Your search for 'dc_creator:( "Lützenkirchen, Hans-Georg" ) OR dc_contributor:( "Lützenkirchen, Hans-Georg" )' returned 4 results. Modify search

Sort Results by Relevance | Newest titles first | Oldest titles first

Olympic Games

(1,018 words)

Author(s): Lützenkirchen, Hans-Georg
Organization and Conception 1. Since the first Olympic Games of modern times, which were held in Athens in 1896, the Olympic Summer Games, and since 1924, the Winter Games (Chamonix) are held every four years. Only three times (1916, 1940, 1944) have the Games been cancelled. The organizer of the Olympic Games is the International Olympic Committee (IOC), with headquarters in Lausanne (founded in Paris, 1894). At the head of the IOC stands the President, who is elected by the whole body. The 194 Na…


(1,382 words)

Author(s): Lützenkirchen, Hans-Georg | Zander, Helmut
Nudity as an Exceptional Condition 1. First and foremost, nakedness is an expression of human ‘naturalness.’ Further—as complete or partial nudity—it becomes the symbol of ‘immediacy’ in a framework of religious and magic practices. In art, nudity is a metaphor for the True, for Truth in the form of the nude woman. → Clothing defines the daily normal state, when, for instance, climatic conditions make the wearing of clothing necessary for protection from the cold. Clothing is also a social symbol. In…


(1,104 words)

Author(s): Lützenkirchen, Hans-Georg
Definitions 1. ‘Minorities,’ in political and social discourse, has a twofold meaning. For one, in a normative sense, the concept indicates the relationship between majority and minority, in which relationship the democratic pluralistic principle is to be maintained. For another, employed descriptively, the concept indicates social requirements in dealings with concrete minorities. This sense depends on the respective usage of the concept, and to what extent both usages overlap. The colloquial use of the term means first of all merely a numerically smaller group, …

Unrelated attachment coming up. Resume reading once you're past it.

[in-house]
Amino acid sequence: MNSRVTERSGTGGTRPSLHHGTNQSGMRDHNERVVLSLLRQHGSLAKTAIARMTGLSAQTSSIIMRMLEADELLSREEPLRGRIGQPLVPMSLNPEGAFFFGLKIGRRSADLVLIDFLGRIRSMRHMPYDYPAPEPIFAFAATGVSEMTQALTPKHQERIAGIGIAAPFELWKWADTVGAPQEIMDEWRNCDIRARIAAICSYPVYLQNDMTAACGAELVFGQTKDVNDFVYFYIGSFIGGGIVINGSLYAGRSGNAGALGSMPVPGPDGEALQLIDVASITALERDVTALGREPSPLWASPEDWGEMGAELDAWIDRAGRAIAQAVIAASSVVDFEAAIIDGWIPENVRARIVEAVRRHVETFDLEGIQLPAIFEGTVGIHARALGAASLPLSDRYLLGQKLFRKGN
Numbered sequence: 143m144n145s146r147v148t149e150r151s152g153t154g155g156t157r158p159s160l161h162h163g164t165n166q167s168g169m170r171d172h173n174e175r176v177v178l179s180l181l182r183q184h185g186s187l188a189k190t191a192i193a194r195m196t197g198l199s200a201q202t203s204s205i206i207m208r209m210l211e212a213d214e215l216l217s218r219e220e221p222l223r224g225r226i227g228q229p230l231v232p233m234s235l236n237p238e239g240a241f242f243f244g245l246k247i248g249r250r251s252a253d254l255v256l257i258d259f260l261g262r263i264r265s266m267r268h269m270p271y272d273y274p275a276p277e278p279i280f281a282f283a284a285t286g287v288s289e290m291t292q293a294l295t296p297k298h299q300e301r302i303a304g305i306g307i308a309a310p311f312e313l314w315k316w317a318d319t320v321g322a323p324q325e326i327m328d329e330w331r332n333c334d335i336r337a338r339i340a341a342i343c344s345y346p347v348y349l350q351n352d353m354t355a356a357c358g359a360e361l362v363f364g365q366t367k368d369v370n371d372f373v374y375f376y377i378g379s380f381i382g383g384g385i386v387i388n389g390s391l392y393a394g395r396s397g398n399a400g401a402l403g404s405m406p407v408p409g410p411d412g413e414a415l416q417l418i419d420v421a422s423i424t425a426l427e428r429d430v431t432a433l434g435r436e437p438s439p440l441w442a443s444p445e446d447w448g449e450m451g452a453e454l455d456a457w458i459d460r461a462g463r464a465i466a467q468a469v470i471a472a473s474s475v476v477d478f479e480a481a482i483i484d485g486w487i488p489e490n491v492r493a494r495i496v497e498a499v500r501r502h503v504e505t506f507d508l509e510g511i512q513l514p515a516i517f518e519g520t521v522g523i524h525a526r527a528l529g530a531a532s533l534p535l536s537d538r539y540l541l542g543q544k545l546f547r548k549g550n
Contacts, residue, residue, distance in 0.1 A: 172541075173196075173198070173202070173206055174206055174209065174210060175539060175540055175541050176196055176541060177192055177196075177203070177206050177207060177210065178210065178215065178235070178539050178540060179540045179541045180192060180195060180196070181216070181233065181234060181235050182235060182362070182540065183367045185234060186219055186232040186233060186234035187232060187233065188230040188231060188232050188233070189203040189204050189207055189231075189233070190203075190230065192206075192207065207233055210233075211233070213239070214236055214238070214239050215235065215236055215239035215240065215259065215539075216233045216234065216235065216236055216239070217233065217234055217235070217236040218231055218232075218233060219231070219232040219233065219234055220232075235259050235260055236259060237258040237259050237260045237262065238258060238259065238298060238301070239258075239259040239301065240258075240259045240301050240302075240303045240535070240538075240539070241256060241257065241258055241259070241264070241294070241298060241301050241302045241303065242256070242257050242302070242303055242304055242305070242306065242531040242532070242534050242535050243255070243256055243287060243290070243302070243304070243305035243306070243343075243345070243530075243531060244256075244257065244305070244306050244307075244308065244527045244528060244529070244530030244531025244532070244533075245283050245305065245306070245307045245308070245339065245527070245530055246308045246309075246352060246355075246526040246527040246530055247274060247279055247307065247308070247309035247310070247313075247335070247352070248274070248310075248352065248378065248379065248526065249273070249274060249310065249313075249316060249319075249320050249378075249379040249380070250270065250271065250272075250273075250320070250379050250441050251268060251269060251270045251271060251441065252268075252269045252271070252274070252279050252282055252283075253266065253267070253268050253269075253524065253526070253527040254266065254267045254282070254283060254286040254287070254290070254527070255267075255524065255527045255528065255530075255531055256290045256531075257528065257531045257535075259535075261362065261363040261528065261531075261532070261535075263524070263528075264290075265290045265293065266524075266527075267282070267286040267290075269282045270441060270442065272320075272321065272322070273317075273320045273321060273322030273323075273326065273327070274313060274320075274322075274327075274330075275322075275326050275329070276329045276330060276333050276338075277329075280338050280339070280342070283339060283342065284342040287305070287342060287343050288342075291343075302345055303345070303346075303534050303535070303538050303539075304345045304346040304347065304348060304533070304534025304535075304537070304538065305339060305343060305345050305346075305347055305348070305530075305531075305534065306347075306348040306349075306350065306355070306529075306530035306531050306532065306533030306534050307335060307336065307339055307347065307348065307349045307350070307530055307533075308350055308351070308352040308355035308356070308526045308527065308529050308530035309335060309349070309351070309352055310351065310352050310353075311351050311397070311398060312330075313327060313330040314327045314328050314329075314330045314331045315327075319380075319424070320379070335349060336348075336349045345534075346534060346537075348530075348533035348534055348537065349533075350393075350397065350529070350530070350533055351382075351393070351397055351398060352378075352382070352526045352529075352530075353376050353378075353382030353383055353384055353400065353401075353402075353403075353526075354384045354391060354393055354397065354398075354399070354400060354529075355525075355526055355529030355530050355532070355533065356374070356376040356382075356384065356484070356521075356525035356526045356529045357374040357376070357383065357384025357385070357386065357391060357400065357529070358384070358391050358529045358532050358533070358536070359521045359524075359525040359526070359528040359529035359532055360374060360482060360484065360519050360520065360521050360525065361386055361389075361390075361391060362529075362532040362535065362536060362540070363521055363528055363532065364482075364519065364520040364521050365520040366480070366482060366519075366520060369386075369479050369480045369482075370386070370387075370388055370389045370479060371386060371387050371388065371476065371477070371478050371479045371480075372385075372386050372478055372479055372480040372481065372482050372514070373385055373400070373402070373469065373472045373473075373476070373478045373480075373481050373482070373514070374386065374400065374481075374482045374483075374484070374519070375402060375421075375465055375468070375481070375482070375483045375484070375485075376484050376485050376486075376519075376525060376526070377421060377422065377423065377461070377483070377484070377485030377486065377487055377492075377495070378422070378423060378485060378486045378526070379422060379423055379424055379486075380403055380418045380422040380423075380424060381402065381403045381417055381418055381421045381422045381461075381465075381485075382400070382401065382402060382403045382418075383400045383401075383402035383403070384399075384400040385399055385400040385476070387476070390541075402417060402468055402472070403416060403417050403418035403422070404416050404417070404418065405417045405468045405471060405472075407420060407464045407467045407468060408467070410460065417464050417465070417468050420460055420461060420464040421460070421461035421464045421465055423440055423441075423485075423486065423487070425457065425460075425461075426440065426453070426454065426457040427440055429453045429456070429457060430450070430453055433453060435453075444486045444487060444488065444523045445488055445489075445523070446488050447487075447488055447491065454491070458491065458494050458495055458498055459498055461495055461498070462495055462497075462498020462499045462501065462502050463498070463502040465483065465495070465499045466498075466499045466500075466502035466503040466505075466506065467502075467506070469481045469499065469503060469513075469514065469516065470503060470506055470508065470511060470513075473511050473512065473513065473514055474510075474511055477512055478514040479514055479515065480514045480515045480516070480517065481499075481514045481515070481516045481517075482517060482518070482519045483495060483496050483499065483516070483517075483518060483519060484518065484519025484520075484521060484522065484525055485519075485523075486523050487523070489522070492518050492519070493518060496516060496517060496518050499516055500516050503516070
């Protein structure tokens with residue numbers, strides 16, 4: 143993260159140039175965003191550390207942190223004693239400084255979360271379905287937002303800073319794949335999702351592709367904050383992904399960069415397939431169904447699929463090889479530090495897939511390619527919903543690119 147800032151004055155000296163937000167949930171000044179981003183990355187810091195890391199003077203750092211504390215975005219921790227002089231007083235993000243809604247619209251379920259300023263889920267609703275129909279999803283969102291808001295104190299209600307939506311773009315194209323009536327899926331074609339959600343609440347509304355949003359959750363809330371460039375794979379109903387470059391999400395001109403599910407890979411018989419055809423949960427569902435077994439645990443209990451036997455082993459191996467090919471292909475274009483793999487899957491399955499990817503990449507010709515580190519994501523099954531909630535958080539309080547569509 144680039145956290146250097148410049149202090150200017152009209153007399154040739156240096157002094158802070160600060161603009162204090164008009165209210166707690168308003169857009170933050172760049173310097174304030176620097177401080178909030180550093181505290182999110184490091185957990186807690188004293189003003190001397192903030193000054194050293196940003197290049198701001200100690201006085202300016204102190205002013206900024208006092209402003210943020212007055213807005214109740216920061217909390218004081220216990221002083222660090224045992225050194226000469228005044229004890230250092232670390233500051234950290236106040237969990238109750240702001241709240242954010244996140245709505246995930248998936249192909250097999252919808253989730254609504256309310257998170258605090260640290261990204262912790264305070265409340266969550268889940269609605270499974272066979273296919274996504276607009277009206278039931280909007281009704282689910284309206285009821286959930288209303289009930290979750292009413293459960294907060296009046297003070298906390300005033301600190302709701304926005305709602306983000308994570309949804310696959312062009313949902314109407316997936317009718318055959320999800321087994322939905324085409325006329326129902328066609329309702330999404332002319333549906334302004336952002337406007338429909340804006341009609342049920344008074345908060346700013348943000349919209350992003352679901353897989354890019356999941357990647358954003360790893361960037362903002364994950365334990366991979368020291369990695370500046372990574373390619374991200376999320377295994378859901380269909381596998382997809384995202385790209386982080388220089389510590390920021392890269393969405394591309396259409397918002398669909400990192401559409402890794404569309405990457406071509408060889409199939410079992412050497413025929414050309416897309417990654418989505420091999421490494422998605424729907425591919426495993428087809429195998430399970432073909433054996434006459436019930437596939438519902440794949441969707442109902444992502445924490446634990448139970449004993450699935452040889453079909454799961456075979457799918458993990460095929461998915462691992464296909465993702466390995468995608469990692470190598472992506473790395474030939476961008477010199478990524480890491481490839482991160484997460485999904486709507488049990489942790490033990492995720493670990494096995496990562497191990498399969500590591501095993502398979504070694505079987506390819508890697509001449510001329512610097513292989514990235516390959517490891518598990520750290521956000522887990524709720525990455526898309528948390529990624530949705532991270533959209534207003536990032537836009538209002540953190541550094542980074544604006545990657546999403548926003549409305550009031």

(992 words)

Author(s): Lützenkirchen, Hans-Georg | Helmut, Zander
Fasting Eve—Fasching— Carnival 1. The word ‘carnival’ is derived from the Italian carne (‘meat’) and levale (‘removal’), recalling the practice of abstinence from meat during the penitential season of Lent. It was originally used for the name of Shrove Tuesday, the eve of the first day of Lent (Ash Wednesday). Derived from the Old English lengten (‘springtime,’ implying the lengthening of the days), ‘lent’ is the annual forty-weekday Christian season of fasting, abstinence from meat, and sobriety of manner, in the spirit of a memorial of the sufferi…